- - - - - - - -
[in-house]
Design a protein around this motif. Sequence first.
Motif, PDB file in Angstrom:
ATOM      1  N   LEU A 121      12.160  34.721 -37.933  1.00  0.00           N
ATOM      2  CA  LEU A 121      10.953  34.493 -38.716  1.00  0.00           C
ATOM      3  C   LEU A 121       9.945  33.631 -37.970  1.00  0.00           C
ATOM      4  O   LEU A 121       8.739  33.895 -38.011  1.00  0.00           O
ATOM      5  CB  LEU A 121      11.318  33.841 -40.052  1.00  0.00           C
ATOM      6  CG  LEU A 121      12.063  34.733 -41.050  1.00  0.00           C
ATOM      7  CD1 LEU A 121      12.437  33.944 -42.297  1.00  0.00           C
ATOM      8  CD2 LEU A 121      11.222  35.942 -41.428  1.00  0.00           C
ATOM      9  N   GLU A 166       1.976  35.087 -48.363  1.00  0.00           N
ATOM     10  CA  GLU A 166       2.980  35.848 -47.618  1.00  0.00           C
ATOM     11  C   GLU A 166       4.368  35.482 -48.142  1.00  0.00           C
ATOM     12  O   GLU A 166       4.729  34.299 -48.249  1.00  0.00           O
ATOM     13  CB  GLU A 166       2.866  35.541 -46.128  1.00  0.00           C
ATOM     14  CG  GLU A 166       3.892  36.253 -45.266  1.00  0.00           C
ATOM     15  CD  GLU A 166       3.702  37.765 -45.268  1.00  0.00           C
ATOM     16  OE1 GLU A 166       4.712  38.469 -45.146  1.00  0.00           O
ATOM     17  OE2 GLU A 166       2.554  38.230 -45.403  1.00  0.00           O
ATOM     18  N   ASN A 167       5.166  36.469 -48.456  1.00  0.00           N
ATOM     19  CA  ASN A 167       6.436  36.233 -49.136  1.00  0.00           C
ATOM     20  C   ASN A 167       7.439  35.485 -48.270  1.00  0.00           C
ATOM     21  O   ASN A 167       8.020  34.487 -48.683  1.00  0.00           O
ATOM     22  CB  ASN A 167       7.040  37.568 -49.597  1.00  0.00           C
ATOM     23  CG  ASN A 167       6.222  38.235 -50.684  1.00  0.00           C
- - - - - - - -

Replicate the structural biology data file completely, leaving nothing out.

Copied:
[in-house]
Design a protein around this motif. Sequence first.
Motif, PDB file in Angstrom:
ATOM      1  N   LEU A 121      12.160  34.721 -37.933  1.00  0.00           N
ATOM      2  CA  LEU A 121      10.953  34.493 -38.716  1.00  0.00           C
ATOM      3  C   LEU A 121       9.945  33.631 -37.970  1.00  0.00           C
ATOM      4  O   LEU A 121       8.739  33.895 -38.011  1.00  0.00           O
ATOM      5  CB  LEU A 121      11.318  33.841 -40.052  1.00  0.00           C
ATOM      6  CG  LEU A 121      12.063  34.733 -41.050  1.00  0.00           C
ATOM      7  CD1 LEU A 121      12.437  33.944 -42.297  1.00  0.00           C
ATOM      8  CD2 LEU A 121      11.222  35.942 -41.428  1.00  0.00           C
ATOM      9  N   GLU A 166       1.976  35.087 -48.363  1.00  0.00           N
ATOM     10  CA  GLU A 166       2.980  35.848 -47.618  1.00  0.00           C
ATOM     11  C   GLU A 166       4.368  35.482 -48.142  1.00  0.00           C
ATOM     12  O   GLU A 166       4.729  34.299 -48.249  1.00  0.00           O
ATOM     13  CB  GLU A 166       2.866  35.541 -46.128  1.00  0.00           C
ATOM     14  CG  GLU A 166       3.892  36.253 -45.266  1.00  0.00           C
ATOM     15  CD  GLU A 166       3.702  37.765 -45.268  1.00  0.00           C
ATOM     16  OE1 GLU A 166       4.712  38.469 -45.146  1.00  0.00           O
ATOM     17  OE2 GLU A 166       2.554  38.230 -45.403  1.00  0.00           O
ATOM     18  N   ASN A 167       5.166  36.469 -48.456  1.00  0.00           N
ATOM     19  CA  ASN A 167       6.436  36.233 -49.136  1.00  0.00           C
ATOM     20  C   ASN A 167       7.439  35.485 -48.270  1.00  0.00           C
ATOM     21  O   ASN A 167       8.020  34.487 -48.683  1.00  0.00           O
ATOM     22  CB  ASN A 167       7.040  37.568 -49.597  1.00  0.00           C
ATOM     23  CG  ASN A 167       6.222  38.235 -50.684  1.00  0.00           C